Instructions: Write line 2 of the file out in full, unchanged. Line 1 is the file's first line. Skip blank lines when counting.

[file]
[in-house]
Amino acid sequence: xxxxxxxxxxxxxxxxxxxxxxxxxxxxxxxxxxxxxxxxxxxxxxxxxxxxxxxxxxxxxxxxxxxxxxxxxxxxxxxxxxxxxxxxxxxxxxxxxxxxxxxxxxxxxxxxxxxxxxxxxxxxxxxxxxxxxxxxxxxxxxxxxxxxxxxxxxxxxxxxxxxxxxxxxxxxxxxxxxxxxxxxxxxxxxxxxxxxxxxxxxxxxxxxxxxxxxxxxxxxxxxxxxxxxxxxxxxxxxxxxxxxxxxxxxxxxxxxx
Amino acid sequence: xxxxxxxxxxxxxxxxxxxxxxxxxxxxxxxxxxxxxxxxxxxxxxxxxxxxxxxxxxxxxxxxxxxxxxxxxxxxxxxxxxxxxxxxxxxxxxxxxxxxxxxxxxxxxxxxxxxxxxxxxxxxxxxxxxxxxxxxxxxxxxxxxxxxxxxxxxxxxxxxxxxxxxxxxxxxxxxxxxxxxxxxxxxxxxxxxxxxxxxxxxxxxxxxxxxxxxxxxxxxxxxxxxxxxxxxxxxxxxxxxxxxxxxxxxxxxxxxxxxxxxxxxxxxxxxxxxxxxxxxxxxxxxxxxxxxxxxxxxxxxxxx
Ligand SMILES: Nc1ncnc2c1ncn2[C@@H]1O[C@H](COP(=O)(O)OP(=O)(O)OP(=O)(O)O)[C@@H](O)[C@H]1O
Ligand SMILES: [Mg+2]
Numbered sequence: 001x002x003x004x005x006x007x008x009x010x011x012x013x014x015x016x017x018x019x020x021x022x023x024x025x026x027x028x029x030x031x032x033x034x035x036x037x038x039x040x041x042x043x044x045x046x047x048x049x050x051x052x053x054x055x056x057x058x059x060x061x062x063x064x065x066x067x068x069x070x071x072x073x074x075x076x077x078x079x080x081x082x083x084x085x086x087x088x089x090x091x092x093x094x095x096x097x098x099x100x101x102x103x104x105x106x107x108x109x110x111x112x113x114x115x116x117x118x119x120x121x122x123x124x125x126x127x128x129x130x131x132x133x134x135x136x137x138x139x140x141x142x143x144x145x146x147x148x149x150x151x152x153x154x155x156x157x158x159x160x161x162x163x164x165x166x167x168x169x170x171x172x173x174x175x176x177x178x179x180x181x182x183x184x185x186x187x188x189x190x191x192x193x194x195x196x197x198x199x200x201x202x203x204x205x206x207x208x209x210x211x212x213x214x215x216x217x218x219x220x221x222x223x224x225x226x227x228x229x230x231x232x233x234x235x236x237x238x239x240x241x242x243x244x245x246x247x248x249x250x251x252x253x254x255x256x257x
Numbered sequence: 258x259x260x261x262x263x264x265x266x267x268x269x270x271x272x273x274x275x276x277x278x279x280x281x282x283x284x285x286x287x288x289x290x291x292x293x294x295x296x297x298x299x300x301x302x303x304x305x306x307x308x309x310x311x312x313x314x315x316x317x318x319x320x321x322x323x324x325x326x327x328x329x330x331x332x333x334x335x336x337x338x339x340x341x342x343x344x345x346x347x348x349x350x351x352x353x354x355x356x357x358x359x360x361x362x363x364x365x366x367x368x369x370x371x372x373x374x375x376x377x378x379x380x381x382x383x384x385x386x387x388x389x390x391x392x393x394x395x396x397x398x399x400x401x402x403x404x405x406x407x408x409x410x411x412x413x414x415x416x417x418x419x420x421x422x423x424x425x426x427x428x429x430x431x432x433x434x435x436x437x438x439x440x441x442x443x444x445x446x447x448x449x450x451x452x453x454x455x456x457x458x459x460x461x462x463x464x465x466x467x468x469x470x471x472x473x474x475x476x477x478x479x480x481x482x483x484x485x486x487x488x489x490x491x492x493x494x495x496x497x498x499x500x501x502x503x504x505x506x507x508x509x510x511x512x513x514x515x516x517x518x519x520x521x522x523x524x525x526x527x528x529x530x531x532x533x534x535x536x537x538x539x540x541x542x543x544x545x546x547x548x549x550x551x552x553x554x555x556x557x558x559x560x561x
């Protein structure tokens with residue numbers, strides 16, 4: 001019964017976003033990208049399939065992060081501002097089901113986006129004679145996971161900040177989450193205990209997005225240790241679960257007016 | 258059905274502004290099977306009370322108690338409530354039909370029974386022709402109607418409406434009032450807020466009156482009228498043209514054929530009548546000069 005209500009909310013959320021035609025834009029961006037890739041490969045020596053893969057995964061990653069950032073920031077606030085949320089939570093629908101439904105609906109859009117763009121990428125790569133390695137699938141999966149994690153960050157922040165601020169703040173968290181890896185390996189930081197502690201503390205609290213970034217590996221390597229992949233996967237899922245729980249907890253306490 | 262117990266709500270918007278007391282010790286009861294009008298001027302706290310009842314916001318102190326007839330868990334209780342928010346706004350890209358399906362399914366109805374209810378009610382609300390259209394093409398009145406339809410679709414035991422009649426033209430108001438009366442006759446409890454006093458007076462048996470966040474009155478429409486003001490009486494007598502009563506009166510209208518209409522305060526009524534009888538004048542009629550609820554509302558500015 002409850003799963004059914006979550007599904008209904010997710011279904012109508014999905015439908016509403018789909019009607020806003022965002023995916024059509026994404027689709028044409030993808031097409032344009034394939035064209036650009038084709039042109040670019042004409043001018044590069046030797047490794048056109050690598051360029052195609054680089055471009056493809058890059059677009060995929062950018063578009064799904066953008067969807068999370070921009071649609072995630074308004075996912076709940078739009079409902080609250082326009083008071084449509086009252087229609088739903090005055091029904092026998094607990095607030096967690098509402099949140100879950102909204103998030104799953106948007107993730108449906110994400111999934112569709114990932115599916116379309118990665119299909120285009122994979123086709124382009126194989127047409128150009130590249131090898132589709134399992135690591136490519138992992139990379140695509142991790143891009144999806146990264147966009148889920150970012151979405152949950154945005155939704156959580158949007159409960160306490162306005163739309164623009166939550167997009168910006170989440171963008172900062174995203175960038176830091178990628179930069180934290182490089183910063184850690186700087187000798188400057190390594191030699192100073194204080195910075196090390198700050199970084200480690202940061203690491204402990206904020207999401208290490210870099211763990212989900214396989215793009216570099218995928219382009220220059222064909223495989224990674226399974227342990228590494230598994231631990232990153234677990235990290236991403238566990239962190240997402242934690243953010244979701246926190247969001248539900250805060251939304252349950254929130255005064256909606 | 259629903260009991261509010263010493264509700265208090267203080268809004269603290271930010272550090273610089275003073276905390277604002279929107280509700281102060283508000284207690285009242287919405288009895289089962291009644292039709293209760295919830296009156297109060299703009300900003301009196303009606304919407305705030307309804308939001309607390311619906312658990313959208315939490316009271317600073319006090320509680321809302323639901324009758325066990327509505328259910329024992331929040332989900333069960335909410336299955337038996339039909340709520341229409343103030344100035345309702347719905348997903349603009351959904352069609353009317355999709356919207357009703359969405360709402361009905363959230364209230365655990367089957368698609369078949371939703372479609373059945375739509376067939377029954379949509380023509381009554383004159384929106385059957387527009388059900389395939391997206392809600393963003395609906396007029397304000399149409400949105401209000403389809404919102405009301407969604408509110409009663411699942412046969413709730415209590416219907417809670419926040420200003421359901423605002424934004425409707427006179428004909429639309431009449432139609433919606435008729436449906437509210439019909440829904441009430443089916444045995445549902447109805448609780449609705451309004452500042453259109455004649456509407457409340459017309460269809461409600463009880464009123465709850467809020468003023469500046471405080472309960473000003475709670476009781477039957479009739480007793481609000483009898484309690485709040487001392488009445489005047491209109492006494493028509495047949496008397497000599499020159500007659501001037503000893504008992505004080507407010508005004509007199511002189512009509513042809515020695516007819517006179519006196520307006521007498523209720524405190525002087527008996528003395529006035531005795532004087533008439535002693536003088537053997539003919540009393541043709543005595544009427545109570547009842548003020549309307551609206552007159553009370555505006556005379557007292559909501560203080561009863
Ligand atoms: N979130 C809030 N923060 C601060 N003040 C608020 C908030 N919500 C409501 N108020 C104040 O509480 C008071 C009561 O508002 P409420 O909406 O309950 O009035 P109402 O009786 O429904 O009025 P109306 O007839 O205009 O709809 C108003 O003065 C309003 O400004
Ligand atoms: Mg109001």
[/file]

Amino acid sequence: xxxxxxxxxxxxxxxxxxxxxxxxxxxxxxxxxxxxxxxxxxxxxxxxxxxxxxxxxxxxxxxxxxxxxxxxxxxxxxxxxxxxxxxxxxxxxxxxxxxxxxxxxxxxxxxxxxxxxxxxxxxxxxxxxxxxxxxxxxxxxxxxxxxxxxxxxxxxxxxxxxxxxxxxxxxxxxxxxxxxxxxxxxxxxxxxxxxxxxxxxxxxxxxxxxxxxxxxxxxxxxxxxxxxxxxxxxxxxxxxxxxxxxxxxxxxxxxxx